Toby, Nicole and their 2 girls and crew Danny on Invictus, and a French couple and 3 children on Excalibur.
The locals looked on as the boats made their way out of the pass. Invictus had only cms to spare. They had run aground on the way in and had to wait for more water as the tide came in.
After they left an Australian couple, Ken and Belinda on “Free Spirit” arrived and we enjoyed a meal aboard with great conversation
With our outboard serviced, maintenance on the toilet and a new outhaul halyard line we left for Nuie island on the 3rd of October 580nm to the west.

Wednesday, 14 September 2016

Society Islands, French Polynesia ( 27th August to 23rd September)

Warm balmy tropical weather, a cooling sea breeze at anchor, spectacular reef breaks, calm crystal clear aquamarine lagoon water offset by deep blue in the depths, lofty breath taking peaks, fascinating lush fauna, fragrant flowers,white powder sand beaches, tropical fish in coral gardens and exotic pearls.....
120 islands spread over 5 archipelagos..
We would like to spend more time here in French Polynesia but we need to head south for the crossing back to New Zealand in November.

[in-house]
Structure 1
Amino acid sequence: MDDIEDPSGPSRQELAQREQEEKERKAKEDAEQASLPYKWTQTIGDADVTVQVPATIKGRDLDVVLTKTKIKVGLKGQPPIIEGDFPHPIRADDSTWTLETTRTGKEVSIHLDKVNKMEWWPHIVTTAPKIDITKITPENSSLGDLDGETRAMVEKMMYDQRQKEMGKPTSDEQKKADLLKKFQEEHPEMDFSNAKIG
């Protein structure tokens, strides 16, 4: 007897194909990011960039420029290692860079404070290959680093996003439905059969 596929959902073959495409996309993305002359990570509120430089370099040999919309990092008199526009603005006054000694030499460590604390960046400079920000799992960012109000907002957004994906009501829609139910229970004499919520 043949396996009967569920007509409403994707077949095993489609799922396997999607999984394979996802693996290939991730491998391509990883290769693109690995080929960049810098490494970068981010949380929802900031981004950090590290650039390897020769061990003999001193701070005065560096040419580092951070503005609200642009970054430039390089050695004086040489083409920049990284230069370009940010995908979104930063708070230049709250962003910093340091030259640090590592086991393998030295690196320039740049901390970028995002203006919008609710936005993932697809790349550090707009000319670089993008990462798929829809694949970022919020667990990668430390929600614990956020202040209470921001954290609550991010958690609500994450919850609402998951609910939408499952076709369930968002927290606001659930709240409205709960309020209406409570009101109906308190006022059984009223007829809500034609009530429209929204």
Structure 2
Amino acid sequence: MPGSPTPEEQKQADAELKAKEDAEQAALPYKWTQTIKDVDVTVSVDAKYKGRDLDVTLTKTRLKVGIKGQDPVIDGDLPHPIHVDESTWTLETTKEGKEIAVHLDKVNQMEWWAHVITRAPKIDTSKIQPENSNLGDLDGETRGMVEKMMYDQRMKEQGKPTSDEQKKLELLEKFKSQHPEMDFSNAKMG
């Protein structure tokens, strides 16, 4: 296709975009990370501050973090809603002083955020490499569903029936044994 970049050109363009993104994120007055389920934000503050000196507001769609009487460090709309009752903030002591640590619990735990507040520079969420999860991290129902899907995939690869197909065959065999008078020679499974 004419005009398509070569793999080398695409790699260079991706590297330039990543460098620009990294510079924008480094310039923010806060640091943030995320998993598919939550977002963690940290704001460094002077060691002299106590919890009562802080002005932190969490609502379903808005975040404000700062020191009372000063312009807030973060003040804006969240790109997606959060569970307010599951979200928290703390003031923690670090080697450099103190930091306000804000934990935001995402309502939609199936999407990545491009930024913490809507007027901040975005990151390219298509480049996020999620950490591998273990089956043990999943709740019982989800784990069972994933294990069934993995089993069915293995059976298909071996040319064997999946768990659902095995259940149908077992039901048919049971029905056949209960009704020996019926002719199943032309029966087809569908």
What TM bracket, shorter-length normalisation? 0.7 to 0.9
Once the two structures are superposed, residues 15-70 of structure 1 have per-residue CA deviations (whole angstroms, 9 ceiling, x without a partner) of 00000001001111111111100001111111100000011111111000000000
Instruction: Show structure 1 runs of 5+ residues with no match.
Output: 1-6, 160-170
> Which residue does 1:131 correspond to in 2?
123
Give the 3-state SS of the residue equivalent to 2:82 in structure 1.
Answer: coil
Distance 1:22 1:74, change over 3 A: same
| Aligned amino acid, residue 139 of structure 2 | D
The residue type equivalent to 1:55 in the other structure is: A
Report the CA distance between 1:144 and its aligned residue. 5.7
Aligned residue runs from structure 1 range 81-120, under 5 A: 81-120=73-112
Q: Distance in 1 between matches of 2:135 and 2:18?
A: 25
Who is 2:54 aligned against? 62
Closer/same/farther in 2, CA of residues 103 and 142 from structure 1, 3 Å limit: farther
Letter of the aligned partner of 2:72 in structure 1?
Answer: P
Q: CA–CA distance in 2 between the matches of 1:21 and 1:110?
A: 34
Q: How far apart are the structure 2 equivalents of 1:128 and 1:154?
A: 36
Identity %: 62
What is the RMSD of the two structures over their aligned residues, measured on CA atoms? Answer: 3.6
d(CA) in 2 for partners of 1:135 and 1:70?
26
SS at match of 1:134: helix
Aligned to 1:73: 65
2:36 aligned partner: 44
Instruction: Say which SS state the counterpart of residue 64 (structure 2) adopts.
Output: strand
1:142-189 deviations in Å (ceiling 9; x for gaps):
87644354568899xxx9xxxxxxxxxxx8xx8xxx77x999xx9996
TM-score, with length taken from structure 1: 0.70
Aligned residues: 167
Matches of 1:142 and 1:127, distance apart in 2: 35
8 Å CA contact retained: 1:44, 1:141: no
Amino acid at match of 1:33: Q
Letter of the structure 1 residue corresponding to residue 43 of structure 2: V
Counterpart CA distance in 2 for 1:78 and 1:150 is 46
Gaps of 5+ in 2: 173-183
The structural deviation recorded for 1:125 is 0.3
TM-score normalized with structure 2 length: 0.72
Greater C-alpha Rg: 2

We arrived in Tahiti from the Tuamotus on the 26th of August and spent a week in the Papeete marina where we welcomed Ralph's wife Colleen aboard. She flew in from NZ to meet Ralph after his long voyage with us from Panama since the end of May
 Ralph wasn't fully recovered from his illness so we didn't go far afield, just walked to the market and around the town
After 3 days with us we waved them off on the ferry to Moorea to begin their holiday together and we prepared our floating home for the next stage of our voyage.
After leaving Tahiti island we spent a few days in Moorea island where we met up with Ralph and Colleen for lunch aboard in Cooks inlet
 We waved goodbye as we passed their hotel
 While we were in the marina in Papeete we met a lovely family from Oregan on SV Baku and when they arrived in Moorea we shared an exciting episode with them on the reef in Papetoai with stingrays and black tip reef sharks
An overnight passage of 83nm took us to Huahine island.
 The wind was howling down the valley to the anchorage off the village on the NW side and since all the mooring bouys were taken, the holding on the edge of the reef not good we decided not to leave the boat to go ashore. So instead we anchored in sand off another reef and left the next day for the twin islands of Raiatea and Tahaa. These 2 islands share the same lagoon.

Entering the passage between the reefs..